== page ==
When you are applying to college, it might seem like the weight of the world is on your shoulders. Where you go to college could potentially determine the type of job you get, the amount of money you make, the types of friends that you make, and the level of happiness that you experience. It's a huge decision, and for people with anxiety, it can be a torturous one. If you have anxiety, here are some tips for keeping it under control while you are applying to colleges in order to make sure that you do the best that you possibly can.
1. Set Deadlines
First, make a calendar that has all of the application deadlines for all of the schools that you are considering. Write it on paper if you can and not on your phone or tablet. Then, in a different color of pen or marker, mark a day a few days before each deadline and set this as your personal application deadline. If you internalize that this is the deadline, you will know that you will be able to finish the applications with plenty of time because you will be finishing them early. This should help quell any irrational worries you have about things going wrong at the last second, because you are giving yourself time for things to go wrong. The extra few days in between your personal deadline and the actual deadline are for problems, such as ACT or SAT not getting your request to send your scores, to occur.
2. Divide Large Applications Into Small Parts
Next, you need to get to work on the applications. Sometimes, anxiety can be so great that you procrastinate doing things that you need to do, resulting in your overall anxiety being higher. To deal with this, all you have to do is make each application seem manageable.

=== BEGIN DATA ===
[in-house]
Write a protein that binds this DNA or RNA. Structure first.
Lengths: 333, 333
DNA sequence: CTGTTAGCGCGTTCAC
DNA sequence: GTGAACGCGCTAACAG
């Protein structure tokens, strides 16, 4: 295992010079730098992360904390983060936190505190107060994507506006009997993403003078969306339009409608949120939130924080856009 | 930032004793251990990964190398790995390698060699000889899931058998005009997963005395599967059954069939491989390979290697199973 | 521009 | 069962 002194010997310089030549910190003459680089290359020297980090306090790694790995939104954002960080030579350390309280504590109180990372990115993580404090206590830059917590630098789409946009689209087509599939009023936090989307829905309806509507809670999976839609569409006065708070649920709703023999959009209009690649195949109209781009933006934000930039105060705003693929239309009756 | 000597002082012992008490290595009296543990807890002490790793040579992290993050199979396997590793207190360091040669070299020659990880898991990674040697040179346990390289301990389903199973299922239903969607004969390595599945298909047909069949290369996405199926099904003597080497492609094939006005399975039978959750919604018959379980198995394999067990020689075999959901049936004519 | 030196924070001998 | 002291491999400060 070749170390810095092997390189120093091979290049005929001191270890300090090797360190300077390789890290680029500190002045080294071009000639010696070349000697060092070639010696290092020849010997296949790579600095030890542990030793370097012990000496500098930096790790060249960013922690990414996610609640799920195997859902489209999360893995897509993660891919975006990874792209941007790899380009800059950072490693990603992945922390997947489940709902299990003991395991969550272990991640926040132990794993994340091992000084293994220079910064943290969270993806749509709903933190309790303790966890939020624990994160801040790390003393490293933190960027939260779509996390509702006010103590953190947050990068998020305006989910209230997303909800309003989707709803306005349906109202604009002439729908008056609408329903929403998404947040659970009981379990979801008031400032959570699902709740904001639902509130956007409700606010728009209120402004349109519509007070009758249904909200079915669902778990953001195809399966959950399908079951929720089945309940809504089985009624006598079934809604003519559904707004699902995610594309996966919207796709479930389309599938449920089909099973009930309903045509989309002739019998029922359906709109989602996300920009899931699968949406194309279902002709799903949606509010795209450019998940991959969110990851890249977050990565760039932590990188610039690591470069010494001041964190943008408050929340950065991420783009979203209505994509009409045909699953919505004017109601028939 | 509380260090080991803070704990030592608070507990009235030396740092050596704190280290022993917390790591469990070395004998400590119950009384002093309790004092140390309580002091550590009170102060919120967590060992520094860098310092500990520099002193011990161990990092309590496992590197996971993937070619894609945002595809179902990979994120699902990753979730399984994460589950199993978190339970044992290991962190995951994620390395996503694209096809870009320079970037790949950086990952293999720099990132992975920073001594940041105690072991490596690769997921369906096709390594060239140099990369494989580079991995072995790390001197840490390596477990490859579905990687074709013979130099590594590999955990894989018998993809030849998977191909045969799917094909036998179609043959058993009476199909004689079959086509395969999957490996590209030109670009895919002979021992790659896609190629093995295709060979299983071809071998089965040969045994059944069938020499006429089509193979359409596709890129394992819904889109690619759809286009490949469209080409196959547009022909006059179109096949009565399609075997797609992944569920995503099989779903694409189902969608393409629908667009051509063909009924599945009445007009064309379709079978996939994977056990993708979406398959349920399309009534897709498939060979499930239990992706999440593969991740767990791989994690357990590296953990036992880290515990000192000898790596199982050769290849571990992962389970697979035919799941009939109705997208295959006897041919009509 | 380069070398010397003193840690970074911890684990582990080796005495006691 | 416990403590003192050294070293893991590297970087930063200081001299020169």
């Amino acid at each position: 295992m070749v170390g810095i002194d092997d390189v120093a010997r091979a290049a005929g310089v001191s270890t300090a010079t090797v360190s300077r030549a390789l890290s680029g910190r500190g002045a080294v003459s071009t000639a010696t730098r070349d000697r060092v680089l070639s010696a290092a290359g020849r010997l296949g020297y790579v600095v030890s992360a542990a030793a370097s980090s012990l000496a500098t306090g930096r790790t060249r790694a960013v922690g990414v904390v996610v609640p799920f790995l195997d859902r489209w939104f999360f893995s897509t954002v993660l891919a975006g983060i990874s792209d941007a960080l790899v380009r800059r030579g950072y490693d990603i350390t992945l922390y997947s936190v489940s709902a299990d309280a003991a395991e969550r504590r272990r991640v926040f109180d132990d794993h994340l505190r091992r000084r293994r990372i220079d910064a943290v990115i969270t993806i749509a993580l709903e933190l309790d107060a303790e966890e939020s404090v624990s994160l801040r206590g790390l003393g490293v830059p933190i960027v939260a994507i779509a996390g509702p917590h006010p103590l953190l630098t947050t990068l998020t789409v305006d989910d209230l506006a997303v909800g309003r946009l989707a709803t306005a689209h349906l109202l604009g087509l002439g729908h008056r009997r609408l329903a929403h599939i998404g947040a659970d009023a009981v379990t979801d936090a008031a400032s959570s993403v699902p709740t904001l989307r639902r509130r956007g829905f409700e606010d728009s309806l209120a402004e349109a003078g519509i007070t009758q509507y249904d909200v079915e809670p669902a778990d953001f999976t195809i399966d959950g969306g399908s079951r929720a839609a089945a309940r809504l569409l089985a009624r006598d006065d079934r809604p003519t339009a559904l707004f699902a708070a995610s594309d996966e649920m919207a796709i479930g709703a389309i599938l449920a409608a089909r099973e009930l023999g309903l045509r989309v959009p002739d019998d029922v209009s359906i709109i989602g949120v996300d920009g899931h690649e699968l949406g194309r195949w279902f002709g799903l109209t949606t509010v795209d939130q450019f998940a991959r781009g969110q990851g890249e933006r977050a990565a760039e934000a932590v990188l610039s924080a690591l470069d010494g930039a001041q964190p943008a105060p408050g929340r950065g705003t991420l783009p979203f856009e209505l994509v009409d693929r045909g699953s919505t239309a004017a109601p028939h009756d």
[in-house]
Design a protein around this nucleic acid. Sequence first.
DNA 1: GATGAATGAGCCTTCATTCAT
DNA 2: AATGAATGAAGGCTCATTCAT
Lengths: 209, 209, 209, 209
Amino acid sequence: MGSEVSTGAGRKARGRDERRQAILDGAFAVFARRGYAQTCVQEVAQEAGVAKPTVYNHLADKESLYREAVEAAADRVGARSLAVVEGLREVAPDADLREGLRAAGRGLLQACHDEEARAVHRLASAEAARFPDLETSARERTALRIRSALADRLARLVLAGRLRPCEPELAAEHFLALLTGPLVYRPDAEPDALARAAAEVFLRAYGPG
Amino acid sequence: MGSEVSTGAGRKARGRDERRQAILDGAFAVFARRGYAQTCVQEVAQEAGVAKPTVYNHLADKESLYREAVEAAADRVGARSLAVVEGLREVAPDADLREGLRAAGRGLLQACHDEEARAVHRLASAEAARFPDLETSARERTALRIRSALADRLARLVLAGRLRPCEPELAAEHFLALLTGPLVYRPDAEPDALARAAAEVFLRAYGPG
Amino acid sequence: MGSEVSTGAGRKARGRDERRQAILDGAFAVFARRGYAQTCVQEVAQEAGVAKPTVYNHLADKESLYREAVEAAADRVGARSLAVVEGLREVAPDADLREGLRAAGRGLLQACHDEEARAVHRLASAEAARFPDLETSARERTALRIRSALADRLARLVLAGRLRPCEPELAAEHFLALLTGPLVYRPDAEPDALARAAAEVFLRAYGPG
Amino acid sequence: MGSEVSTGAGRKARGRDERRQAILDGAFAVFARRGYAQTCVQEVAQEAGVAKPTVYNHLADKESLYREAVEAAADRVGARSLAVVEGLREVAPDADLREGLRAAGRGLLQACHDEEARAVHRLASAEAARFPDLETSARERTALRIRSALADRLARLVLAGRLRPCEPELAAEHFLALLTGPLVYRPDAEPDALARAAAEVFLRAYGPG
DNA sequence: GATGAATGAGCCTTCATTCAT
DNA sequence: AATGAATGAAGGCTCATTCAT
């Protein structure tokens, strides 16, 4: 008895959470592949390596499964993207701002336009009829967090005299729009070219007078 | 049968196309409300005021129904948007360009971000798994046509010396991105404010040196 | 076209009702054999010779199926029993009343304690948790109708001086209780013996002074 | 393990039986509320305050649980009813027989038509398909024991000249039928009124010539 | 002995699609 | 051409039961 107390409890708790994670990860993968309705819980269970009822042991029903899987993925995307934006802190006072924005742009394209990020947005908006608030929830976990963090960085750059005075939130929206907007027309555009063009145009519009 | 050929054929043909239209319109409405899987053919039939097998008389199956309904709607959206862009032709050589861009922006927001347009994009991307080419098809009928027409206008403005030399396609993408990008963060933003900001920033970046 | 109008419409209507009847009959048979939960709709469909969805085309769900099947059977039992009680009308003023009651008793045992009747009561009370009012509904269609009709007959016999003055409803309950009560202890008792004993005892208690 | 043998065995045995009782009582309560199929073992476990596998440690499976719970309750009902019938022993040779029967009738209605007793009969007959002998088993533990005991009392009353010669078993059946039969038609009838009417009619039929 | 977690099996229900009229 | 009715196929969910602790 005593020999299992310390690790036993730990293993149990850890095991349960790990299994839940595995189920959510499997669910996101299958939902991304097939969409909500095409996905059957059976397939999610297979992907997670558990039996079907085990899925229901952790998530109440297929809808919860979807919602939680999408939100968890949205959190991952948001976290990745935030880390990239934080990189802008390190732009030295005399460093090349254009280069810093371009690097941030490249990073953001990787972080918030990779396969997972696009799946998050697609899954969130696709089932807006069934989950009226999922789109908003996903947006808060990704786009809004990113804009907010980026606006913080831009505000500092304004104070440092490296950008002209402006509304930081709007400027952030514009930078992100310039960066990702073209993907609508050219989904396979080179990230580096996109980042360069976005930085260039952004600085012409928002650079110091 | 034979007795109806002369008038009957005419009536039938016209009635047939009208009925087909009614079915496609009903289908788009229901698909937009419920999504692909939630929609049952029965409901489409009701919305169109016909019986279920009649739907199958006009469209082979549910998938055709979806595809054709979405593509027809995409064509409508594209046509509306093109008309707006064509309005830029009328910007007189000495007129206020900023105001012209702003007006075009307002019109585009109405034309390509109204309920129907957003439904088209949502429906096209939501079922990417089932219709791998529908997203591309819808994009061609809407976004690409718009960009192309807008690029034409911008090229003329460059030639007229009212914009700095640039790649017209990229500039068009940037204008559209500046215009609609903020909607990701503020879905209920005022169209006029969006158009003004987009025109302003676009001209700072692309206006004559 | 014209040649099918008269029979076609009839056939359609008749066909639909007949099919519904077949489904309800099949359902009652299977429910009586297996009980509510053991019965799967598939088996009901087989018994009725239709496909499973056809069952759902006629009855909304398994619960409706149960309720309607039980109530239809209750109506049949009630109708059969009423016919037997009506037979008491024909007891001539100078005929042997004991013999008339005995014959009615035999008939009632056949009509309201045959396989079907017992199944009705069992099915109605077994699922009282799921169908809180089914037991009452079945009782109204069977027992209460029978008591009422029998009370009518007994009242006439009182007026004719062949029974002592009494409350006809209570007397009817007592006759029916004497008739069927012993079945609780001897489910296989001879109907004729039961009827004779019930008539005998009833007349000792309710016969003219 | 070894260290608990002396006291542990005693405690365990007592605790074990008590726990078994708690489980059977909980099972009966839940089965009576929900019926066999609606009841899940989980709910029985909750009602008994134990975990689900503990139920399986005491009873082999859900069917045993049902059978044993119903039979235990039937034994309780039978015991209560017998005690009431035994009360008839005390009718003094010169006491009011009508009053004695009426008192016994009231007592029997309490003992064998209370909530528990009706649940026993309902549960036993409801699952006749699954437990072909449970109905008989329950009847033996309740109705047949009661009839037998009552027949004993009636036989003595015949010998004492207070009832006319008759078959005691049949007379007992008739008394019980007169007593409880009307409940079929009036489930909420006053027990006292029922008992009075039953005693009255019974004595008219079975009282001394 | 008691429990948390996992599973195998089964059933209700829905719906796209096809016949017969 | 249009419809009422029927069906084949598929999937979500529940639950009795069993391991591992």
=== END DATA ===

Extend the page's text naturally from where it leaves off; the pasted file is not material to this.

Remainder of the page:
For example, filling out the Common Application can seem like an insurmountable task, but just picking the topic for your essay is much easier. Do that one day. Then, write the opening paragraph and organize what you want the body paragraphs to look like. Then write the body paragraphs. Fill out all of the personal information the following day. If you take each smaller section one day at a time, you'll be done in no time.
3. Talk to Someone In College
Finally, talk to someone in college. They'll be able to help guide you through the process and help you put it in perspective. Many colleges are very similar to each other and getting into your dream school is not the end of the world. There are tons of students who didn't get into their dream schools and had an amazing college experience. Find those students and get their perspective on the issue to help calm yourself down.
For more information, talk to a mental health counselor. To see what support services are available, go to website links or call for an appointment.